We mentioned the audience entering in the position of characters (as part of the group), being told to sneak/be quiet etc as multi-sensory experiences unfold around them – sounds, torchlight.  The idea of the safe being on a raised platform in the middle of the space under spotlight was mentioned.

 

Another thought: upon disturbing the contents of the safe there is a crash followed by silence, then the singing of a choir boy from the whispering chamber…Willaim.  Building, glimpses of history begin to appears via projection and around the room.  The stories and artifacts begin to spread to different parts of the building, where members of the company urge audience members to follow.

 

How do audience know who to follow?  Different coloured tickets that correspond to a coloured torchlight, costumed character etc…?

 

Upon splitting, each group would be led to a room where they would see an episode of the history of the artifacts in the safe.  In total, all four groups would see all four episodes on rotation before heading back to the main space where items will be replaced in the safe and preserved for the future…or perhaps another conclusion.

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The other group was tasked with exploring ideas about what the object might be that travels through time and tells our story.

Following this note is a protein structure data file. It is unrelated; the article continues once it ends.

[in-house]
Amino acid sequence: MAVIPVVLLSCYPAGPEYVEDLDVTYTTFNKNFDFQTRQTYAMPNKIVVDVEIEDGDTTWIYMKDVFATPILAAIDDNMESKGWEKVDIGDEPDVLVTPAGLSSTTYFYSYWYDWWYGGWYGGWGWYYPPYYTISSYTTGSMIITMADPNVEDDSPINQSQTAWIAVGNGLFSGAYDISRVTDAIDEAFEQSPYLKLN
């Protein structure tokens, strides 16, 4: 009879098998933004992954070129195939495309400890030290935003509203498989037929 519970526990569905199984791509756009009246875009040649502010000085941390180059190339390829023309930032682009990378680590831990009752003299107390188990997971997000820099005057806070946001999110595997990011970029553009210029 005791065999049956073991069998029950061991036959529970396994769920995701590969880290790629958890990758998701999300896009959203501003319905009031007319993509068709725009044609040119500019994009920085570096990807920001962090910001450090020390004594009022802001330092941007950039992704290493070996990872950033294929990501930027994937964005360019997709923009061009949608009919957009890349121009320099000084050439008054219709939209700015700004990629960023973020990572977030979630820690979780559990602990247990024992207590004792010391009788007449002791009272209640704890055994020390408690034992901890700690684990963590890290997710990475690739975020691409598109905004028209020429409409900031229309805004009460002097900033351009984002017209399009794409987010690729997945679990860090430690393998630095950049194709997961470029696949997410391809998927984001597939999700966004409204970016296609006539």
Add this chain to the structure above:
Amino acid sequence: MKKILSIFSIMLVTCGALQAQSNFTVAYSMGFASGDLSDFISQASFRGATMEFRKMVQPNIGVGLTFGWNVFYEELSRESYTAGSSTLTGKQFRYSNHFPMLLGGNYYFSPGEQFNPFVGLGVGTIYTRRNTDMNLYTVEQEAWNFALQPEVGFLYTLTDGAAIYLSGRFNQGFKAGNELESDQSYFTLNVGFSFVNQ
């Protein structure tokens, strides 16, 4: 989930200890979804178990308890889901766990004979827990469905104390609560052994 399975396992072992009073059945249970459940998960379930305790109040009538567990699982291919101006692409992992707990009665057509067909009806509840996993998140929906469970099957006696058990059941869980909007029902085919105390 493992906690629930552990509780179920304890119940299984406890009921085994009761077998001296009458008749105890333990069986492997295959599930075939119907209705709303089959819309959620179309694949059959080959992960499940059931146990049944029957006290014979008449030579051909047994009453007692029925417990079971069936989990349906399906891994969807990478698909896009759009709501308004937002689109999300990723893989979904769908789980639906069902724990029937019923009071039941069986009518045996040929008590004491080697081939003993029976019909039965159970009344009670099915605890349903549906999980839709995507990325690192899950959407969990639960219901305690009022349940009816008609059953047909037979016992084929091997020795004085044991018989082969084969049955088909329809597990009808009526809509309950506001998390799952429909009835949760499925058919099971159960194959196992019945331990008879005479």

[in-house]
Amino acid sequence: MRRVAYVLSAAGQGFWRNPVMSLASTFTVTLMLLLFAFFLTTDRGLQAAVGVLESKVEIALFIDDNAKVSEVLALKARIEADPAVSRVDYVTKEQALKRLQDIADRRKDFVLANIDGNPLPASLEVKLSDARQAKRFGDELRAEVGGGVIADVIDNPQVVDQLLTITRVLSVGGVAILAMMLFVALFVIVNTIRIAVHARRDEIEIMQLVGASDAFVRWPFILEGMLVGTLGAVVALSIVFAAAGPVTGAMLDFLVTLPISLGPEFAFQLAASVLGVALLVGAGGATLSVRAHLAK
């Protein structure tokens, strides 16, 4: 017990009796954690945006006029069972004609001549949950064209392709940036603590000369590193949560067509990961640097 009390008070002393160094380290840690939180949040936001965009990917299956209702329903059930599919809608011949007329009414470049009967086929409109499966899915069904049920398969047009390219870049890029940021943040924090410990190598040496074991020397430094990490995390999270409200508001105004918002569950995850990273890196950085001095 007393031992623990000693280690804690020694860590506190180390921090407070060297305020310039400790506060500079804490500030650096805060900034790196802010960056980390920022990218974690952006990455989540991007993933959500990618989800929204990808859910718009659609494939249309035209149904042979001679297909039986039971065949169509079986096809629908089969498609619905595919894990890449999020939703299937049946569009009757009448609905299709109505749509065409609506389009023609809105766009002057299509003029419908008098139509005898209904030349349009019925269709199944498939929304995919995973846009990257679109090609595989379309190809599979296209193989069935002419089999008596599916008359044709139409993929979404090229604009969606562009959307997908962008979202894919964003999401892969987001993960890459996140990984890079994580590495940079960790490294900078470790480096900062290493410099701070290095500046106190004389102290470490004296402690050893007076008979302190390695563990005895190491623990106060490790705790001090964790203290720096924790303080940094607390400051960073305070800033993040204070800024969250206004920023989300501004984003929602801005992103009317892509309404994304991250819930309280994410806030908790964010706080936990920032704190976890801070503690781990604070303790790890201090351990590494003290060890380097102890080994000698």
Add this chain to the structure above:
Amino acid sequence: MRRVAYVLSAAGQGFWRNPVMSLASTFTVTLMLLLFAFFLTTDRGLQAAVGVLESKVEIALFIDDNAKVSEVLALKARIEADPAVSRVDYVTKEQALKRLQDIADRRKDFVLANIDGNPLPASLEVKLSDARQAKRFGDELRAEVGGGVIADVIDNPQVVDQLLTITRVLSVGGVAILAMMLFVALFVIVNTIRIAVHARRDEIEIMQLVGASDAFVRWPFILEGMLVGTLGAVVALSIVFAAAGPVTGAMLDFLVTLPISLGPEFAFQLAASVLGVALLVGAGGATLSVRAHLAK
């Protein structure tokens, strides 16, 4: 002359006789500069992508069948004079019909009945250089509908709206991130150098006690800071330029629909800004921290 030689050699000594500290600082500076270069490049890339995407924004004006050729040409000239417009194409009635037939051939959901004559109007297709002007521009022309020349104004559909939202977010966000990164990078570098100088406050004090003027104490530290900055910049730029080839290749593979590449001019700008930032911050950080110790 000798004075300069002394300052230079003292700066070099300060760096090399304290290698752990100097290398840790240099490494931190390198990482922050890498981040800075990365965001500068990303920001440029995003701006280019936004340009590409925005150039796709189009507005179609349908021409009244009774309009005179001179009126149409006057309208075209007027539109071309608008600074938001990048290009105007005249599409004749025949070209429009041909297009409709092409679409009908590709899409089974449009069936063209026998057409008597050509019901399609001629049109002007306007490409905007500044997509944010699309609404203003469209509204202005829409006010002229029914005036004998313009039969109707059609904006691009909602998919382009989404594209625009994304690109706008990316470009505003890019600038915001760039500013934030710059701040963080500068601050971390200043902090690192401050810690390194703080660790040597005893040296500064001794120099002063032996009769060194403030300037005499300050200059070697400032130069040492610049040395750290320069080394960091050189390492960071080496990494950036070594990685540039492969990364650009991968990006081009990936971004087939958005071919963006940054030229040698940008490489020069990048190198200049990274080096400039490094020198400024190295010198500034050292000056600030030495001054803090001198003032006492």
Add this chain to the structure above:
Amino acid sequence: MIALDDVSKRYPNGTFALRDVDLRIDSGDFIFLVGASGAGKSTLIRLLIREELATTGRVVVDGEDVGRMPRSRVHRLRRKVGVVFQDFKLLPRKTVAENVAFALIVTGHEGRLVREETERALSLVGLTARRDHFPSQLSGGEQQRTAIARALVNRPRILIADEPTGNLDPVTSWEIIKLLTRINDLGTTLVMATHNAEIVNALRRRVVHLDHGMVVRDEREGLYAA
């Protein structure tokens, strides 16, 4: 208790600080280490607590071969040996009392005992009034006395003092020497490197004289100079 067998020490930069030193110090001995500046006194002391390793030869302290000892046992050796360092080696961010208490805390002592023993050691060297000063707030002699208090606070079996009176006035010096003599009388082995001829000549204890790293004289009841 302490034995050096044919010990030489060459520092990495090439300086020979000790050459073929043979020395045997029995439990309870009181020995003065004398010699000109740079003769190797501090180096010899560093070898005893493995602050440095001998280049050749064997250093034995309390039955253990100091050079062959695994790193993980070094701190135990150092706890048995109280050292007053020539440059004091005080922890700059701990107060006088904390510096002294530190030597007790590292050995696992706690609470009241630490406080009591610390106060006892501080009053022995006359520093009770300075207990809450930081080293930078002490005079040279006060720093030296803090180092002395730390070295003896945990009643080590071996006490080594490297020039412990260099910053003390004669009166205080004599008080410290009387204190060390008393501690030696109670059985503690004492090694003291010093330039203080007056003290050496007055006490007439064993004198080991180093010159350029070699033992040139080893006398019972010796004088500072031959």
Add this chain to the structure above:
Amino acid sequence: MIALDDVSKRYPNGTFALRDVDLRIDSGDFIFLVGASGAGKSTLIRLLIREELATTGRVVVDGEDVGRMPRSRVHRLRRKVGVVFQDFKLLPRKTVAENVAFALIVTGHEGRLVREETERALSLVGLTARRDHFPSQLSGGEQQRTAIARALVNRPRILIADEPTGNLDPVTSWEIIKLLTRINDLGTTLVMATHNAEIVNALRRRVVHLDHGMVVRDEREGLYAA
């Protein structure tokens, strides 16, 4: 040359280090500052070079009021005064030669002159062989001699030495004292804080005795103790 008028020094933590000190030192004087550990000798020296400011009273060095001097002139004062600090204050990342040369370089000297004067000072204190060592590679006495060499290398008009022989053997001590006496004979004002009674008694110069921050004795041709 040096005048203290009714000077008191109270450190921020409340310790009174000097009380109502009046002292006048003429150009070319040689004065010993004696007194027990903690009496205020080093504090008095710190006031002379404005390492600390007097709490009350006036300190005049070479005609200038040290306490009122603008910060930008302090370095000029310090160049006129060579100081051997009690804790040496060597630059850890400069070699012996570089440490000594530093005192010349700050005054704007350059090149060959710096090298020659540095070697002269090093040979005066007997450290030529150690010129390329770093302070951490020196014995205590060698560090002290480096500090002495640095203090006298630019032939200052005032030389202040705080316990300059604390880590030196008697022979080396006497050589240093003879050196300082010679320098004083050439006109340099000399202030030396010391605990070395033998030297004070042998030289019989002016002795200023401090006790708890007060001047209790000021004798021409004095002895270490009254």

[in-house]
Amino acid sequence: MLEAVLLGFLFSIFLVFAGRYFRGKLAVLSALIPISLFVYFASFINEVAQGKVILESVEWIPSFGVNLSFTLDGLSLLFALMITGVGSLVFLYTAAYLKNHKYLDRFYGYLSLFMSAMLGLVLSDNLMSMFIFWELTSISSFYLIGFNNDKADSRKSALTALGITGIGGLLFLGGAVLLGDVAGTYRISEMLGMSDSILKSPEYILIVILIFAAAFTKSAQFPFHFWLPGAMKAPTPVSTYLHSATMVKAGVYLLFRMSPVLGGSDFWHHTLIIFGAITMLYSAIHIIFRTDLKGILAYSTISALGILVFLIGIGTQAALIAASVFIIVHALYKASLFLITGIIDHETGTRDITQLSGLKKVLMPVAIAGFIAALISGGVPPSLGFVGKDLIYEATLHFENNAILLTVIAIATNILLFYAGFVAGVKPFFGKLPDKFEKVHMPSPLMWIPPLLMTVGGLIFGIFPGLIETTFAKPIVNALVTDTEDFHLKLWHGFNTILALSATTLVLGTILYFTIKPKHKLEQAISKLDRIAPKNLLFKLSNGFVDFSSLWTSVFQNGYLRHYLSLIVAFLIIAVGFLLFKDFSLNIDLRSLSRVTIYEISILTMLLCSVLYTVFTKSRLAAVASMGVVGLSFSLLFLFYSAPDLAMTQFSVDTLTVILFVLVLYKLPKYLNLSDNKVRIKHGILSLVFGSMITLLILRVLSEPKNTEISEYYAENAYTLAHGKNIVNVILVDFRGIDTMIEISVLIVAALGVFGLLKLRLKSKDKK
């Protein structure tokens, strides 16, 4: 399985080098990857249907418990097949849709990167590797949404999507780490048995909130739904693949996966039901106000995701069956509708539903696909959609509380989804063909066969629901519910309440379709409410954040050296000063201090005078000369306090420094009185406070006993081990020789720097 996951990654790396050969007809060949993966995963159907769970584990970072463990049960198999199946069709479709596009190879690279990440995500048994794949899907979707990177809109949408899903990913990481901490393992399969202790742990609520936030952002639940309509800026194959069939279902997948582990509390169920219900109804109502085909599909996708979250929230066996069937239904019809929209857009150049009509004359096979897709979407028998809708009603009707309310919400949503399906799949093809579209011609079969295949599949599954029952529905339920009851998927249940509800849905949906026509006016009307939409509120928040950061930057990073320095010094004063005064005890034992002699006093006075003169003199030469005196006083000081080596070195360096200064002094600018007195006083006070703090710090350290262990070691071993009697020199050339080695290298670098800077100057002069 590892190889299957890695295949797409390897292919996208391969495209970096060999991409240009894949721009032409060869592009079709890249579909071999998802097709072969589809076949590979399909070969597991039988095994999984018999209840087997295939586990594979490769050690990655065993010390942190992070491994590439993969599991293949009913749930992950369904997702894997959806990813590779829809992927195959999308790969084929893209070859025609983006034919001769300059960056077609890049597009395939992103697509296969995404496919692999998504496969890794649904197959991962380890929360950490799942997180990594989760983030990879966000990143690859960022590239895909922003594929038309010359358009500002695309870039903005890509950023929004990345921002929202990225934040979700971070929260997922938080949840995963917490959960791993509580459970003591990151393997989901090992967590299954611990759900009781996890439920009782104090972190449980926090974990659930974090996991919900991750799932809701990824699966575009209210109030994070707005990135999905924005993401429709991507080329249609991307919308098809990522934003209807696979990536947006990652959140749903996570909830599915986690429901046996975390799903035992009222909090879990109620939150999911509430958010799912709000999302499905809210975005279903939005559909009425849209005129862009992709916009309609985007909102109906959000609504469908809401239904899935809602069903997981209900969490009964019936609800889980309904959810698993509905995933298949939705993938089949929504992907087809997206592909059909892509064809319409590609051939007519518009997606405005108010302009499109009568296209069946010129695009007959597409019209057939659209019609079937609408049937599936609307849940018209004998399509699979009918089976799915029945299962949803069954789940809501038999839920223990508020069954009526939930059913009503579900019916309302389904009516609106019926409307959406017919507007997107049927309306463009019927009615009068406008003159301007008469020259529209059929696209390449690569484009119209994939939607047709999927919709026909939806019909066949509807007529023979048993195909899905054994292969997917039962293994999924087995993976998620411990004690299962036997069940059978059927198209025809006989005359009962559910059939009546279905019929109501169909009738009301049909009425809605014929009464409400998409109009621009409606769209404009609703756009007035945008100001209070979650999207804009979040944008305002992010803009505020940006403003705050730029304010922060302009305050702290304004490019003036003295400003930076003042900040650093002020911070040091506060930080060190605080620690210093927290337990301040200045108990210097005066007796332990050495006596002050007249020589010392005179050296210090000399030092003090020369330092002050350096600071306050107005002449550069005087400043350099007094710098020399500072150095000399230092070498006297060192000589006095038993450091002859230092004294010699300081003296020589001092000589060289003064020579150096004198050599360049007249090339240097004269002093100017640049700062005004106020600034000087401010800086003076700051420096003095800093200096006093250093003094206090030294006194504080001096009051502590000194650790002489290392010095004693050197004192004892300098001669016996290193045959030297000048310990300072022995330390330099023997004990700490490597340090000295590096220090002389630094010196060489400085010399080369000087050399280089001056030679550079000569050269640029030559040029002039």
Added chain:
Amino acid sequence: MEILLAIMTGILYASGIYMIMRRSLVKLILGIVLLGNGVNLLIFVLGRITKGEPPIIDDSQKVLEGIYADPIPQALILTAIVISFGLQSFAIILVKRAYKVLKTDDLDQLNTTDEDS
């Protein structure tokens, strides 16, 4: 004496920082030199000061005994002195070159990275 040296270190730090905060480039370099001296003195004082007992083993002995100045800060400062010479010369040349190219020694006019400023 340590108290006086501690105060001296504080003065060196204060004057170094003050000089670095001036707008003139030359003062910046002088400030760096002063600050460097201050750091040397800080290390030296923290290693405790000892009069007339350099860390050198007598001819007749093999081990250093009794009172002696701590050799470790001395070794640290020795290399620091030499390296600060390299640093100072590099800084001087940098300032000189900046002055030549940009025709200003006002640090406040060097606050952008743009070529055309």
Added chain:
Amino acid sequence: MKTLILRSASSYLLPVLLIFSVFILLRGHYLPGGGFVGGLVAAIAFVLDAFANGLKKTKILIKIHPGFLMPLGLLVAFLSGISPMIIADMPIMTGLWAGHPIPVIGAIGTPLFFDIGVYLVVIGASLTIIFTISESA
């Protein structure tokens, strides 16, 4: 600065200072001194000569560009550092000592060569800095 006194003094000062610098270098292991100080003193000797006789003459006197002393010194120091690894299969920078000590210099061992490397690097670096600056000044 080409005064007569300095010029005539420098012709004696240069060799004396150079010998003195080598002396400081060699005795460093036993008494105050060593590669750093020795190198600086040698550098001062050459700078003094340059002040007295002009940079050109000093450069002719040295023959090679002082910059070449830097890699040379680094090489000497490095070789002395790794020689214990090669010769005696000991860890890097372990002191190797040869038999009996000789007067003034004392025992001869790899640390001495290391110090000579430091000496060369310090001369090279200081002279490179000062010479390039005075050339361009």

We wanted the object to be:

  • Made of glass (or partly made of glass) so that it could be shattered and broken

  • Available in the early 18th century so that it could feasibly have been around when Holy Trinity Church was consecrated in 1719

  • Connected to our local heritage (bottles from the bottleworks along the river, Sunderland-made glass, an object connected to shipbuilding…)
     

We first brainstormed lots of ideas, which included:

  • Bottles

  • Marbles

  • Seaglass

  • Hourglasses

  • Pocket watch

  • Glass floats

  • Clock faces

  • Reflecting circle (a navigational tool that uses two mirrors to measure an angle between two fixed points)

  • A spyglass!
     

We talked about the ‘shattering’ event, thinking about the glass windows in the church being blown out during bombing in the area. We suggested that perhaps there are a number of shattering events – from positive (like a bottle of champagne launching a boat?) to scary (like the glass windows smashing)

 

We discussed the different timepieces we had thought about made out of glass, and we liked the idea of different timepieces (sandtimers, pocket watches, grandfather clocks, apple watches?!) being used throughout the different scenarios in the performance to indicate the changing of time. We suggested the story could begin with a clock repair up in the belltower, with the clock starting and stopping throughout and taking us forwards and backwards in time.

 

We liked the idea of the object being a Spyglass which is connected to the nautical heritage of the area – we talked about the glass cracking and splintering to reveal an image that turns kaleidoscopic and transforms the view through the lens into something unexpected.